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The Witcher 3: Wild Hunt


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On 17/07/2020 at 23:22, Hylian said:

What about the mini map? Is it at all feasible to play without it and the GPS tracking? Or does that way lie madness? 

 

I'm towards the end (of the main quest now), and despite flagging towards the middle and almost throwing in the towel, I instead forged ahead and am really glad I did. Firstly, regarding the minimap, I turned off completed things appearing there, and that was enough. Honestly, there are plenty of missions where you aren't given great directions, and generally your compelled to either follow the minimap or follow the red trail, so you do need to keep that minimap on.

 

Some advice from a newb-

In White Orcahrd you can do everything before you leave and never return. This is not true of Velen! You will return there later so leave a chunk of the south to do upon return (if you're trying to do everything). The NE of the map is for the Hearts of Stone DLC, which is excellent, but save it until you're at least level 30. Doing the main quest shoots you up levels, so if you're bored, just plough on with the main quest and then do HoS. Generally the best quests are secondary quests given from people you meet on the main quest, so you can't miss getting them, but can miss doing them. At the start of the game you need to loot everything for money, by the midpoint you'll have more money than time so you can cut back on the looting. Just buy flowers from herbalists.  When in a tavern buy the ingredients for White Gull and make as much of it as you can (not sure where the recipe is). Ignore the ? on the Skellige map.

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1 hour ago, therearerules said:

Firstly, regarding the minimap, I turned off completed things appearing there, and that was enough. Honestly, there are plenty of missions where you aren't given great directions, and generally your compelled to either follow the minimap or follow the red trail, so you do need to keep that minimap on.

Thanks. So does that mean, keep the GPS dotted line on? I've turned it off and while I'm still pottering about White Orchard, it does feel a bit better, like I'm actually noticing where the buildings are, starting to build up a mental map, rather than just following a GPS tracker and ignoring the scenery. 

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47 minutes ago, Hylian said:

Thanks. So does that mean, keep the GPS dotted line on? I've turned it off and while I'm still pottering about White Orchard, it does feel a bit better, like I'm actually noticing where the buildings are, starting to build up a mental map, rather than just following a GPS tracker and ignoring the scenery. 

I have it turned on, but tend to ignore it. Largely because I’m often heading to the custom marker and there’s no dotted line for that.

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Into Velen and the start of the Bloody Baron quest (this feels like start of the game proper). Enjoying it so far and concentrating a bit more on the alchemy, crafting, inventory this time around (I played a good 10-15 hours last time). Definitely a good call to play on "hard". Got my ass handed to me a few times but I'm getting to grips with it now and am mashing up bandits and wolf packs no problem now. It feels like a dangerous world though, which I never really got on normal.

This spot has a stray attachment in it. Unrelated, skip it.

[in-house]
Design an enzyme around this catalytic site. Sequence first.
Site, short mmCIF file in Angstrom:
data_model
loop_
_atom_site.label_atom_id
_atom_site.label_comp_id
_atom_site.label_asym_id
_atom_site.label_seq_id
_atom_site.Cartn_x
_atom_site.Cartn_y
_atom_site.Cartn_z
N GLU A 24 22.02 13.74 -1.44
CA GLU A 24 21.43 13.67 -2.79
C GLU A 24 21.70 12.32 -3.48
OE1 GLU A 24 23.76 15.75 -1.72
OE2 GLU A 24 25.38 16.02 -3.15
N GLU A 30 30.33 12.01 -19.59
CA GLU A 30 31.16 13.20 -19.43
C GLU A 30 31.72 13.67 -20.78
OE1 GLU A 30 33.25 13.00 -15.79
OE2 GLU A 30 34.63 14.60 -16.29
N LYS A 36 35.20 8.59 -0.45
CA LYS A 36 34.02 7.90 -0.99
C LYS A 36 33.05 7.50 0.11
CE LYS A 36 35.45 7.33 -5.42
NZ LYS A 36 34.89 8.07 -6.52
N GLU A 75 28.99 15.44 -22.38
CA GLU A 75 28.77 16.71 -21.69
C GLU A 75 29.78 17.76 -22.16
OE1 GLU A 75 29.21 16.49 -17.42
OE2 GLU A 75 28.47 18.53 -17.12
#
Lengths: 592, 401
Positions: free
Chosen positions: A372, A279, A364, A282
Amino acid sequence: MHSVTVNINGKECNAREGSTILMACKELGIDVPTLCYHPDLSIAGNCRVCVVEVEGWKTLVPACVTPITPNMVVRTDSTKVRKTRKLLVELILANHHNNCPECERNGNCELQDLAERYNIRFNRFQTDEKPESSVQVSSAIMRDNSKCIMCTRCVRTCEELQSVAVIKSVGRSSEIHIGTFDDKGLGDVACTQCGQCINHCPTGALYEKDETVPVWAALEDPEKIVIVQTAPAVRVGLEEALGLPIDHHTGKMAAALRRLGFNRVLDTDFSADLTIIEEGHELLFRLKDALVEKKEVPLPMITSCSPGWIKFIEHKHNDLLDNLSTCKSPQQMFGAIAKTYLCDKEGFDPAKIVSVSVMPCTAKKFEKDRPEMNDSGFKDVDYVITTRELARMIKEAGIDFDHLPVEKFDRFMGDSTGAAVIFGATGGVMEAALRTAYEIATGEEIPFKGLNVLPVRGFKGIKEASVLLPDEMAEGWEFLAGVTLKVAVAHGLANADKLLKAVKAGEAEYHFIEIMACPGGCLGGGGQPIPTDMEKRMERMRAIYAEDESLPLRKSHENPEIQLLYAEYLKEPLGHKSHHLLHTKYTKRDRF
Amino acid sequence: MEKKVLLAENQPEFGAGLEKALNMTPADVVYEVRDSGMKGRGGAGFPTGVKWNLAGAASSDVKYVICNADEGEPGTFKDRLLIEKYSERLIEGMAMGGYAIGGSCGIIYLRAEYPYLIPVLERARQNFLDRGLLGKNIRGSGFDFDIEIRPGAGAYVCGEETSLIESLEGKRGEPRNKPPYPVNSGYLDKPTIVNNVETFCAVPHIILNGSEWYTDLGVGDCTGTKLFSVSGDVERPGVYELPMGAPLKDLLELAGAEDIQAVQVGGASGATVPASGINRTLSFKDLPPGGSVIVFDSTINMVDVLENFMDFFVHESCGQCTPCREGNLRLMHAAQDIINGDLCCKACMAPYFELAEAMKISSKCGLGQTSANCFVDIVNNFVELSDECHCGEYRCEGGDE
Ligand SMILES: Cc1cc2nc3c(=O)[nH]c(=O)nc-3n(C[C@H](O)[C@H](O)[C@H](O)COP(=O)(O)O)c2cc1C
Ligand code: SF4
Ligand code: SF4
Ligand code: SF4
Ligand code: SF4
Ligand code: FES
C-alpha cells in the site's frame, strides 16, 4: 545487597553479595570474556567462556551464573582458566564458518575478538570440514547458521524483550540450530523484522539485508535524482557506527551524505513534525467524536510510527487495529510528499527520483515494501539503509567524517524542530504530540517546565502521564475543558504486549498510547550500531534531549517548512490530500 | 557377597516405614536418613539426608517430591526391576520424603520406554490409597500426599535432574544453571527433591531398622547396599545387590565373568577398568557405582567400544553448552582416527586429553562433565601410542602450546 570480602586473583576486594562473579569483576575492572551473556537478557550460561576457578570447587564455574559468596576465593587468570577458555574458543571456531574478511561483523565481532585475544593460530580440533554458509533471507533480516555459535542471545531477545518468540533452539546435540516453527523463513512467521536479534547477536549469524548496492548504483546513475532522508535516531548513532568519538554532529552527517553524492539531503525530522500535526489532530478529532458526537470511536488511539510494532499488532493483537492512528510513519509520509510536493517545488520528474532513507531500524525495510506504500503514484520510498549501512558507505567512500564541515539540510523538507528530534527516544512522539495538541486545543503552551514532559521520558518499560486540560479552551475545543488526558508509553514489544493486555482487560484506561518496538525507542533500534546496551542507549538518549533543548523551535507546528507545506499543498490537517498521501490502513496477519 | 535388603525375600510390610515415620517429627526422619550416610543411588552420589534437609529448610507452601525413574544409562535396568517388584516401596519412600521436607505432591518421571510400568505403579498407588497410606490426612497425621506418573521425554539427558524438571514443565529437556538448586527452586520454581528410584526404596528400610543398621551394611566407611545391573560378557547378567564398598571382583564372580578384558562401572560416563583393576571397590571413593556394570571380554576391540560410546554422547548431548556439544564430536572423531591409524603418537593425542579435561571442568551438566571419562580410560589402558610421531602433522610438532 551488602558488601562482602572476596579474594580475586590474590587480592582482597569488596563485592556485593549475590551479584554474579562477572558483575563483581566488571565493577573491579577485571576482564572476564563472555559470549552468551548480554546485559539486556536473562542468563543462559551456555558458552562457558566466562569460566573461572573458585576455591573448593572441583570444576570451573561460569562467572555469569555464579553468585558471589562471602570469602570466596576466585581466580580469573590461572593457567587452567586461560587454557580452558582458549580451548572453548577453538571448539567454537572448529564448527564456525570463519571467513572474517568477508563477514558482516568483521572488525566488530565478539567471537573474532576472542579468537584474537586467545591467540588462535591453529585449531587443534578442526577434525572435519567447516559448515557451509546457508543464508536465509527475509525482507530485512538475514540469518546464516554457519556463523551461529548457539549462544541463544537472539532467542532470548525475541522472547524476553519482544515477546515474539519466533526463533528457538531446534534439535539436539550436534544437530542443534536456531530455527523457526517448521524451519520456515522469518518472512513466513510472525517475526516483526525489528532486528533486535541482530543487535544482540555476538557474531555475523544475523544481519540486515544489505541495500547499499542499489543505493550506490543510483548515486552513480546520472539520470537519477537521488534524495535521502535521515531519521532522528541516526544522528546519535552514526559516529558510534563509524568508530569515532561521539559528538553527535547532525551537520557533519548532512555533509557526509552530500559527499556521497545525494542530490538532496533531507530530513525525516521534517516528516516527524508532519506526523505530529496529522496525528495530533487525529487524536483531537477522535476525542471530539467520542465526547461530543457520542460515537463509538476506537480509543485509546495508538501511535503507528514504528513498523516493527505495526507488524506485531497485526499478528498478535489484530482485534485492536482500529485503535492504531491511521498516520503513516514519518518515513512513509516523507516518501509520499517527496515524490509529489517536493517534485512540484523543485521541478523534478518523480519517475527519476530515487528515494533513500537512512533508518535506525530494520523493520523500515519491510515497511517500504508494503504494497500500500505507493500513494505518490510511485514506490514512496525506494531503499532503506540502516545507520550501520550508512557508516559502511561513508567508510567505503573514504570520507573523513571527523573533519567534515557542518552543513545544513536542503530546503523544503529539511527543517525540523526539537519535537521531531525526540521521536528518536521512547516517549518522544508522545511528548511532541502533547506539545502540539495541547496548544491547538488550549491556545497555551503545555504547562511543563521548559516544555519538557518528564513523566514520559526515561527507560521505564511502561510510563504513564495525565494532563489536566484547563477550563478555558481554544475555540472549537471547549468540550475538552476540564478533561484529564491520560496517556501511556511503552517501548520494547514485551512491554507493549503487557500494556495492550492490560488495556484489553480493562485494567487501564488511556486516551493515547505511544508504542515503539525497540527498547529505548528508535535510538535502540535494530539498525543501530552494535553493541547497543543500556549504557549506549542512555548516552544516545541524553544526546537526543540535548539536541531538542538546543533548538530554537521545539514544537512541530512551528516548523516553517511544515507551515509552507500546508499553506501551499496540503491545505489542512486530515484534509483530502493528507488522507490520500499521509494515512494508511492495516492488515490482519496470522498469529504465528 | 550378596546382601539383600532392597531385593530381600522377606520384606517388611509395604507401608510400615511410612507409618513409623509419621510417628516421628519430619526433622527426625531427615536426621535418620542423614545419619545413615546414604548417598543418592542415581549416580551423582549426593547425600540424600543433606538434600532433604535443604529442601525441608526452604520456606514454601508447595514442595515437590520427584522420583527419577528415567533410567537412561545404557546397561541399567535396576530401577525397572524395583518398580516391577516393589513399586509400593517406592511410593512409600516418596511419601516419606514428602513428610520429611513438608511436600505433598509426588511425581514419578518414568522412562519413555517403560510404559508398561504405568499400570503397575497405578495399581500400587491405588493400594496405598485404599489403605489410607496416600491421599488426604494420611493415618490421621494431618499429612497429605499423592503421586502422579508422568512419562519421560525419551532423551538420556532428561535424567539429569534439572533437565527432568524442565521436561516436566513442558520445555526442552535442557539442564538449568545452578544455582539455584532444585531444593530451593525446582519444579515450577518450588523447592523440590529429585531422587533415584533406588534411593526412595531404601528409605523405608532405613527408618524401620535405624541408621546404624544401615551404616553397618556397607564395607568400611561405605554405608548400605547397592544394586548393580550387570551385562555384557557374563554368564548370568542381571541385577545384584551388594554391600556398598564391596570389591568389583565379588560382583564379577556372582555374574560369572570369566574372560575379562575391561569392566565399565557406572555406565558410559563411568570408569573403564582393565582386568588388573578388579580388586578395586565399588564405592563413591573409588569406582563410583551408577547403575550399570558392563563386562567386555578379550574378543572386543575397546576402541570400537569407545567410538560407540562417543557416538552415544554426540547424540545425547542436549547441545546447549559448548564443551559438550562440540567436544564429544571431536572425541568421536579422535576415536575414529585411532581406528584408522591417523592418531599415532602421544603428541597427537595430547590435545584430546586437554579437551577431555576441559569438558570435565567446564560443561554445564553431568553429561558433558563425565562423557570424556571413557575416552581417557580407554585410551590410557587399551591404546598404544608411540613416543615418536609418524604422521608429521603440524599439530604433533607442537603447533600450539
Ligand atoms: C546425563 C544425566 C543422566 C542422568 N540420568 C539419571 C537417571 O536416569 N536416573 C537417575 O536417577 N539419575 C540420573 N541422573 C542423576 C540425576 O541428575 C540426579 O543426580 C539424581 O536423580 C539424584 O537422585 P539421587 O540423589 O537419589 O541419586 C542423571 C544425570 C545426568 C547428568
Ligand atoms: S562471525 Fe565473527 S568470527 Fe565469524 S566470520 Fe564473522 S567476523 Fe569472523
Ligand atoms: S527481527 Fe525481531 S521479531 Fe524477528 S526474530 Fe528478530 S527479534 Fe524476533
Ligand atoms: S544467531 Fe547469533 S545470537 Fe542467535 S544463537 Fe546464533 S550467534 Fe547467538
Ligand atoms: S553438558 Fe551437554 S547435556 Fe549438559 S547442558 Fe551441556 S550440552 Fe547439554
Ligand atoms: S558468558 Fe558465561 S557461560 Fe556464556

One thing I'm puzzled by is the advice to "turn off POI - ?", which was general advice here and seems elsewhere online. But... You can't actually do that can you? I can open up the map and filter them out, but if you reopen the map they are there again. It defaults the filter to "All". Am I missing something? 

 

Definitely a good idea to turn off the GPS routing. Enjoying the travel now as I can just head in a general direction and take in the world a bit more. 

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  • 2 weeks later...

I feel like I'm properly into this now. Just mooching about Velen doing side quests and clearing bandit camps etc. Next objective is to kill the werewolf near Crookbag Bog but after half a dozen attempts with a damaged sword I gave up. I know what I need to do I just need to get properly prepped for it. Is it right that I have a single silver sword and lots of steel swords? I could really do with a spare silver sword but the only craftable ones are at level 12 (I'm 7). Quite good this game... 

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6 hours ago, Hylian said:

I feel like I'm properly into this now. Just mooching about Velen doing side quests and clearing bandit camps etc. Next objective is to kill the werewolf near Crookbag Bog but after half a dozen attempts with a damaged sword I gave up. I know what I need to do I just need to get properly prepped for it. Is it right that I have a single silver sword and lots of steel swords? I could really do with a spare silver sword but the only craftable ones are at level 12 (I'm 7). Quite good this game...